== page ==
International Staff Songsters to tour the USA and Canada

The International Staff Songsters (ISS), the premier choir of The Salvation Army, will bring their Songs of Love tour to the USA and Canada in April 2024. They will sing a varied setlist of praise, hymns, classical songs and contemporary choral music to inspire audiences.

Based in London, England, the songsters have a unique role at the forefront of Salvation Army vocal music-making in the United Kingdom and around the world. The group of 35 men and women use the power of music and song to share God’s love and to bring people and communities together.

Their repertoire includes music by composers from The Salvation Army and artists such as Bob Chilcott, Mark Hayes, John Rutter and Eric Whitacre. The ISS performs each Christmas at London’s Royal Albert Hall and regularly sings in cathedrals and concert halls, and leads vocal workshops in schools, correctional facilities and Salvation Army corps and centers.

The ISS is conducted by Dorothy Nancekievill who is an Honorary Associate of the Royal Academy of Music in London. Previously, Dorothy was head of a church school (Farringtons School in Kent) and the director of music at Wells Cathedral School.

The ISS was founded in 1980 to inspire people with “heart songs.” Profits from recordings and performances support the work of The Salvation Army.

Each songster is an active member of their own corps. They volunteer their time and travel from different parts of England and Wales for weekly rehearsal in central London.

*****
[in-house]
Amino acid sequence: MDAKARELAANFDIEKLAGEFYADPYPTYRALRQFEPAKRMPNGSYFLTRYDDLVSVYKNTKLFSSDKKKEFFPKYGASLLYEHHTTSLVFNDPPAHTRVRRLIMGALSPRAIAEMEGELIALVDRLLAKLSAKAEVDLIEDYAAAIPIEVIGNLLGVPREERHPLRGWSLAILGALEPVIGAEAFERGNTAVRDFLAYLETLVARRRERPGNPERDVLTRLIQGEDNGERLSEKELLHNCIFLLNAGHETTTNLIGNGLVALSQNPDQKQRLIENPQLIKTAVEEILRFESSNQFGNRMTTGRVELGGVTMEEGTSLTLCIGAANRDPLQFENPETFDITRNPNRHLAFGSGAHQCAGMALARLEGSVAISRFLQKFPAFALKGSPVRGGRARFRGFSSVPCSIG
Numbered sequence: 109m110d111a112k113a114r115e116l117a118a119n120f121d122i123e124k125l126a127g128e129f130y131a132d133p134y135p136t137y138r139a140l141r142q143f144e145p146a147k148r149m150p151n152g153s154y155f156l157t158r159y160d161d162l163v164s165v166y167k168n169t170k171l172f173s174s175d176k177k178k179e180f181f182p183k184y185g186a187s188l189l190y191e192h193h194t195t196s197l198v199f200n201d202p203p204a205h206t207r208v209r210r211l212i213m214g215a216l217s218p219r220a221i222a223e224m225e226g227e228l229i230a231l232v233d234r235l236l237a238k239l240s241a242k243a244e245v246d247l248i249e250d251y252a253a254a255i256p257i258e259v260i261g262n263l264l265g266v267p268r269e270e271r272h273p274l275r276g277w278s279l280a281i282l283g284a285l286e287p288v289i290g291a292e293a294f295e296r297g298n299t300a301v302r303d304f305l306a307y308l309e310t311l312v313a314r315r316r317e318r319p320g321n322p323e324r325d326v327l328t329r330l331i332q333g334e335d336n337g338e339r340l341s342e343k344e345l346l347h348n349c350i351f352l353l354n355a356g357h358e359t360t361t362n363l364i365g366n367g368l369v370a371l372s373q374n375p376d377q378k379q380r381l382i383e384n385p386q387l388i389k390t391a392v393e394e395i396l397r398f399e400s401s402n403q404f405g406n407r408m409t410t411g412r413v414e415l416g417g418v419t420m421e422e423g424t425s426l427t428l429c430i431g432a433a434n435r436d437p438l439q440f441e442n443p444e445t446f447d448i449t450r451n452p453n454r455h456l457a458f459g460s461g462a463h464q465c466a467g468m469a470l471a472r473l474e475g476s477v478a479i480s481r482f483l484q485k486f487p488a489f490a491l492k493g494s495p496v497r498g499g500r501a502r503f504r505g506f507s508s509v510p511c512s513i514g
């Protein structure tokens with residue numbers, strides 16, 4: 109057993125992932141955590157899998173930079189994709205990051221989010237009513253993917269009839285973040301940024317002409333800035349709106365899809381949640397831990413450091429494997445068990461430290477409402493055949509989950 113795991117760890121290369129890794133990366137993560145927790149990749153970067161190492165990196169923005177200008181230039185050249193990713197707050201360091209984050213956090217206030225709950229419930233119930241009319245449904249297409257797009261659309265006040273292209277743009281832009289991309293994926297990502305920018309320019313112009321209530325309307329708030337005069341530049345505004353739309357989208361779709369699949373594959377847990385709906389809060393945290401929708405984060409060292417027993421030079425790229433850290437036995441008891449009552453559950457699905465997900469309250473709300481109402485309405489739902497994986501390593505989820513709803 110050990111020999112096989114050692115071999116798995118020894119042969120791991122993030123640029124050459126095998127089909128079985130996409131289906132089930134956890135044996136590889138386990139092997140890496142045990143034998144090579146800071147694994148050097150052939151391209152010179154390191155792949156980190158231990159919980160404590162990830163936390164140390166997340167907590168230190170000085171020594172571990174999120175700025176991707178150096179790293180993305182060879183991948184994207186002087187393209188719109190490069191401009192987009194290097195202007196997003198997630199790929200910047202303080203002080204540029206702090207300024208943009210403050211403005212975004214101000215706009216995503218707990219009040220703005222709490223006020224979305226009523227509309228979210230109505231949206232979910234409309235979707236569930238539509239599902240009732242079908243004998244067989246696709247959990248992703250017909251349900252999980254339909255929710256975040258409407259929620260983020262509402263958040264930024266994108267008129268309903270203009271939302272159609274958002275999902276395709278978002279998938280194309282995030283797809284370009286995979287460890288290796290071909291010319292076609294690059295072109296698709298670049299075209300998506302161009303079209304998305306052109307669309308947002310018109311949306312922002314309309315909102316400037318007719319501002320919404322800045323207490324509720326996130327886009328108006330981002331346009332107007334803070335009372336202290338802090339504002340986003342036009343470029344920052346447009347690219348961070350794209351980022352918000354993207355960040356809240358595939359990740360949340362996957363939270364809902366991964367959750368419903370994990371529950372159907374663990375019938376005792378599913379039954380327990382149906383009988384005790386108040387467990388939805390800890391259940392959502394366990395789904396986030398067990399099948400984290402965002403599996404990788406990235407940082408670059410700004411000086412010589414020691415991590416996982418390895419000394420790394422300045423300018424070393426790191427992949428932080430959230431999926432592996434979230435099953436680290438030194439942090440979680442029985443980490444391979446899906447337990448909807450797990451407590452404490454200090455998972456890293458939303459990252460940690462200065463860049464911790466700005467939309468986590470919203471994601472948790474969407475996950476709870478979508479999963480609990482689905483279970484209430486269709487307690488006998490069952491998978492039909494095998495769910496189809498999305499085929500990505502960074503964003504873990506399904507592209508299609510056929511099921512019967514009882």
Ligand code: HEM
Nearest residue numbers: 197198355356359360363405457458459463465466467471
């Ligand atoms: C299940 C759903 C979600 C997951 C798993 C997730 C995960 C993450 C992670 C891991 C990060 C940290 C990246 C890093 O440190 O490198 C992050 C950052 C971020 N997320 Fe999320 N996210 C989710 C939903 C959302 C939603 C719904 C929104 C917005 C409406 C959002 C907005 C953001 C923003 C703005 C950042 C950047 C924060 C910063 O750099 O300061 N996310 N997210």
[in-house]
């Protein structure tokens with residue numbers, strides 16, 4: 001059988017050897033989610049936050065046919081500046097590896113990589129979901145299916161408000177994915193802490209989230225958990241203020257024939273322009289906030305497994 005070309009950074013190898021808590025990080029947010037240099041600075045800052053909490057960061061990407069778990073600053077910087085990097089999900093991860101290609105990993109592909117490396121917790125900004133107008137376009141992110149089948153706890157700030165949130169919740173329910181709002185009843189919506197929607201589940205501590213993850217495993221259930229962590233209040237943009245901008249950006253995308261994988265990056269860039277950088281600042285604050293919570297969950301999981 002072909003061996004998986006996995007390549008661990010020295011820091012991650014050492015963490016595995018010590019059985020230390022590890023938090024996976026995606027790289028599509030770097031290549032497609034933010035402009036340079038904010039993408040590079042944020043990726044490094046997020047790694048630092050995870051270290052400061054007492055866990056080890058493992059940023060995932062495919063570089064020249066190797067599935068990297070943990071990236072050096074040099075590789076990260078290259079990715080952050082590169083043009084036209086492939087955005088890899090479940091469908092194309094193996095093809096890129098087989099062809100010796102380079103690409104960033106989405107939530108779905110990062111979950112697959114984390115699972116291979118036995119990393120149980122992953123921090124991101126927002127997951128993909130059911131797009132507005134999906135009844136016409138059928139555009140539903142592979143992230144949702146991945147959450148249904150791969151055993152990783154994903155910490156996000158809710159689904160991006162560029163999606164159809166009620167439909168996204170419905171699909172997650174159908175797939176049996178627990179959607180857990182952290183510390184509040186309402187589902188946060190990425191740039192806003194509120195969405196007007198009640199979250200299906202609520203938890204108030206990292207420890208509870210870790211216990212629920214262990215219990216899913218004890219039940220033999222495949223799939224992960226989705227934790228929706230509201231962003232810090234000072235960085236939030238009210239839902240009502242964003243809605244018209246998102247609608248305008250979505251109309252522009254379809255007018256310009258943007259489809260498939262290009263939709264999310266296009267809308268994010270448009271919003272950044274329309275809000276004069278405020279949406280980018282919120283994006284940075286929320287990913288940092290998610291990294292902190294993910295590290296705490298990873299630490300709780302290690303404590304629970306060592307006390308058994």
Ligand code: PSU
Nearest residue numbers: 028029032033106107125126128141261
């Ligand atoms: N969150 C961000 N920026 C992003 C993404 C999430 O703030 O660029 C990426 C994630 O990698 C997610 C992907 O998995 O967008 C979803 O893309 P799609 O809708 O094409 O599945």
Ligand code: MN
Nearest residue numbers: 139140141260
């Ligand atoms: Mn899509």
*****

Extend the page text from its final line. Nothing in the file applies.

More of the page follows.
One of the newest members of the ISS, Tom Grimshaw, 26, is a fundraiser for a veterans’ mental health charity. As well as volunteering with the ISS, Tom is the deputy songster leader and plays euphonium in the band at Norwich Citadel. He also leads a youth chorus of 50 young people from across the East of England.

“It is a privilege to be part of the group and actively participate in music ministry,” said Tom. “I have seen God working in amazing ways and connecting with a wide range of people through music: people without any faith who have attended concerts at the invite of a friend; prisoners from some of the many prisons the ISS has visited; people who have not attended church for many years; medical staff in hospitals who have heard an ISS recording being played by a patient. The list goes on.

“In the same way, I hope our tour will be one that is filled with worship and praise for our awesome God, and which encourages people to get involved in music ministry,” he said. “Most importantly I pray that our music will have a lasting spiritual impact on everyone who listens.”

Ruth Unwin from the Alton Corps in the southeast of England has been a member of the ISS since it started in 1980 and is returning for her seventh North American tour with the songsters.

“I remember fondly the incredible warm welcome and generous hospitality the songsters have received on our previous Canadian and American visits,” she said. “These have been wonderful opportunities to visit these amazing countries, share the gospel message and form so many lasting friendships.

Referring to the concert in Toronto in April that concludes the spring tour where the ISS will join the Canadian, USA Eastern and Central territorial staff songsters, Ruth said, “Our 2024 tour will be unique as we join in ministry with our fellow North American staff songsters, sharing our passion for vocal ministry and its future within The Salvation Army. I pray that God will use our songs to encourage, challenge and bless.”

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